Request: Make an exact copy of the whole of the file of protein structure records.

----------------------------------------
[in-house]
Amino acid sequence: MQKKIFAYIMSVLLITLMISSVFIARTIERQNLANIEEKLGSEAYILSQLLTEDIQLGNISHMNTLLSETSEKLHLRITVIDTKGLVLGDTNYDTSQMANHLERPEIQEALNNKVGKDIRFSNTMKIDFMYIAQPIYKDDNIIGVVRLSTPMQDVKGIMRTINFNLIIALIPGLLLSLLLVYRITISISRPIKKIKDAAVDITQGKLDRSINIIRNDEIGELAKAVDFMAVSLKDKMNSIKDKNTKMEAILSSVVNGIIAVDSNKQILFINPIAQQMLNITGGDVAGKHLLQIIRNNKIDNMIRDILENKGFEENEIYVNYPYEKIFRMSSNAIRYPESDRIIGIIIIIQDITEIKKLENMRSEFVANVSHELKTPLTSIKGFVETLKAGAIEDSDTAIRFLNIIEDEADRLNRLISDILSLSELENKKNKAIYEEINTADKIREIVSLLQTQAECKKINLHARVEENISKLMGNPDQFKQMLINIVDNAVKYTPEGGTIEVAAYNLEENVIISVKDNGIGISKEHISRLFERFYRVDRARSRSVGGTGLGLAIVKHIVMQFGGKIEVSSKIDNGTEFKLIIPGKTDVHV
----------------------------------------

[in-house]
Amino acid sequence: MQKKIFAYIMSVLLITLMISSVFIARTIERQNLANIEEKLGSEAYILSQLLTEDIQLGNISHMNTLLSETSEKLHLRITVIDTKGLVLGDTNYDTSQMANHLERPEIQEALNNKVGKDIRFSNTMKIDFMYIAQPIYKDDNIIGVVRLSTPMQDVKGIMRTINFNLIIALIPGLLLSLLLVYRITISISRPIKKIKDAAVDITQGKLDRSINIIRNDEIGELAKAVDFMAVSLKDKMNSIKDKNTKMEAILSSVVNGIIAVDSNKQILFINPIAQQMLNITGGDVAGKHLLQIIRNNKIDNMIRDILENKGFEENEIYVNYPYEKIFRMSSNAIRYPESDRIIGIIIIIQDITEIKKLENMRSEFVANVSHELKTPLTSIKGFVETLKAGAIEDSDTAIRFLNIIEDEADRLNRLISDILSLSELENKKNKAIYEEINTADKIREIVSLLQTQAECKKINLHARVEENISKLMGNPDQFKQMLINIVDNAVKYTPEGGTIEVAAYNLEENVIISVKDNGIGISKEHISRLFERFYRVDRARSRSVGGTGLGLAIVKHIVMQFGGKIEVSSKIDNGTEFKLIIPGKTDVHV